WSPR with a vector network analyzer

I’ve been playing a lot with my N2PK VNA lately. Not only learning how to measure things (using the wonderful VNA tutorials of PA4TIM), but also how it works internally, and how I can control it from an Arduino. I can already set the frequency and phase of the two frequency generators, and I can read out the ADC.

Meanwhile, at the Radio Club Leuven, there has been a huge interest in WSPR lately, a low-power beacon-like digital mode, ever since Wim ON3ZOE demonstrated running WSPR with a Raspberry Pi. By hooking up an I/O pin to an antenna, with only a filter in between to remove the harmonics, he has gotten all the way to Greenland, 3500km away from Belgium. Hmm…

Arduino controlling the VNA

Arduino controlling the VNA

This gave me the idea to try transmitting with my VNA. I first connected the instrument to my oscilloscope, and measured 0.3Vrms @10MHz over a 50 Ohm load. Unlike a capacitor or an inductor, a resistor has no way to temporarily store energy, it must ‘spend it all’. So we can simply calculate the power using the formula P=V^2/R, or (0.3V)^2/50Ω, or 1.8mW. That’s close to 3dBm.

Then I needed to generate the tones to transmit. I found a link describing some other experiments with an Arduino and a similar DDS to the one used in the VNA, but it turned out to be a bit out of date when it came to generating the list of tones. This is the command I used:
./wspr0 -X -t -c ON8VQ -g JO20 -d 3 -o /tmp/test.wav | awk '{print $2}'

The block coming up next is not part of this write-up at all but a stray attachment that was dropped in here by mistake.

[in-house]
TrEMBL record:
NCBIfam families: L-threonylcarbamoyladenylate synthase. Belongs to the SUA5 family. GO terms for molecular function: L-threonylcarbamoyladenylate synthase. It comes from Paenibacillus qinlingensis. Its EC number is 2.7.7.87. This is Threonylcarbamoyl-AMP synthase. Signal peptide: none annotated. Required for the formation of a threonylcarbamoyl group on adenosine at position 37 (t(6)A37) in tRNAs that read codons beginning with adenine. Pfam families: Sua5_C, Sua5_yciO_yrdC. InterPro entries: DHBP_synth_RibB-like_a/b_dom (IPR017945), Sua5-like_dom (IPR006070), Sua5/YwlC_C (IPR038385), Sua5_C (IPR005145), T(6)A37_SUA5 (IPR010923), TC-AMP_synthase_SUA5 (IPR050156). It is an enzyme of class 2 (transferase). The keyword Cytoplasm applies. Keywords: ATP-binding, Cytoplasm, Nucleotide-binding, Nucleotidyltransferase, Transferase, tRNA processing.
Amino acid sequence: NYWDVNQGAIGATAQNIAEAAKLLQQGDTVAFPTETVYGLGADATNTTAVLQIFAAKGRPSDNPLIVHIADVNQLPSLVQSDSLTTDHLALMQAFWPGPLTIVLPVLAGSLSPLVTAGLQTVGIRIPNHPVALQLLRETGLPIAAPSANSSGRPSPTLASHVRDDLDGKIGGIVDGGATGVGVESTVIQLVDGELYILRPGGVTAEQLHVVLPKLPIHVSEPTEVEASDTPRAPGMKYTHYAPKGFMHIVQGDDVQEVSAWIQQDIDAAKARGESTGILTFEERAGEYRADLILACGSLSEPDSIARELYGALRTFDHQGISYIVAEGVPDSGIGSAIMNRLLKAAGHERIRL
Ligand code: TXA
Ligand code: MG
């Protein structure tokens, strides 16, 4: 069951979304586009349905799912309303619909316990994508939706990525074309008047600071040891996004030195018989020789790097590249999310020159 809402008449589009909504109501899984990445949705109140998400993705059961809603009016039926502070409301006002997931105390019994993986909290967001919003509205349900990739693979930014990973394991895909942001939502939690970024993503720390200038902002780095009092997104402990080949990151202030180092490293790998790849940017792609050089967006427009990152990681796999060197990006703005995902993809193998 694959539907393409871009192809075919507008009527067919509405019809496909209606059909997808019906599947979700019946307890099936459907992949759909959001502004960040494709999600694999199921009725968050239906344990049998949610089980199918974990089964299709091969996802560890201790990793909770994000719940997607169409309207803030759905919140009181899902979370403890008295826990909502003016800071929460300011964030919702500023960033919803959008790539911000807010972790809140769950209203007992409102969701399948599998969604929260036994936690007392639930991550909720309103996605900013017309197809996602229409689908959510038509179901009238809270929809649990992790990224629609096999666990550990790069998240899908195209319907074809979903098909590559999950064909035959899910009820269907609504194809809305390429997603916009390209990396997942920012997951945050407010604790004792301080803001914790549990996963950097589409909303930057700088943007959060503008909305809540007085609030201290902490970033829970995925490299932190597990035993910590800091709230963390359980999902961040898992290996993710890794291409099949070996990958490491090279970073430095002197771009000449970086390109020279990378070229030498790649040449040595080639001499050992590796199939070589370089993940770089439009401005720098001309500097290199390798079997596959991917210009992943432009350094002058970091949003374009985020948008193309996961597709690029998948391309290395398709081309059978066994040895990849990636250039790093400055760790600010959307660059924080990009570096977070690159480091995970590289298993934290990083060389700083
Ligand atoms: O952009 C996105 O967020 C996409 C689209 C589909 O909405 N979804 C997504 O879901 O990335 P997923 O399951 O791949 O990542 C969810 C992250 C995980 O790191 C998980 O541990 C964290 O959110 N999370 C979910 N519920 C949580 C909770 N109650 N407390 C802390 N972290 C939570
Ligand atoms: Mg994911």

With these codes, it’s just a matter of formatting then into an array and you can start generating tones, each number produces a signal 683ms long and 1.4648Hz times that number above your base frequency.

To start each frame at the even minute mark, I wrote a small program on my PC that sends a character ‘S’ to the Arduino when it’s time to start.

I’m very pleased with the results so far: I’ve been spotted up to Denmark(707 km or 439 miles) with my silly setup, sending 2mW into a G5RV tuned to 30m.


One weird effect I noticed: I can spot myself using my SDR transceiver, without using an antenna. Not only that, I also receive the signal 100Hz above the real signal. I think somehow the signal gets received through the power lines. Belgium has a 50Hz AC frequency, 100Hz is 2 times 50Hz. Somehow, there must be a connection. Further tests are required to determine if the second tone gets generated inside the VNA or somewhere else. In any case, the signal is 20dB below the noise floor of the receiver, but it still gets picked up and decoded correctly. I’m baffled.


In case anyone is interested, the source code is all available. You may find it useful if you want to do something similar (sending start signals to an Arduino at specific moments, e.g.), or if you also have an N2PK VNA (it’s a wonderful instrument – build one!).

VNAWSPR source code

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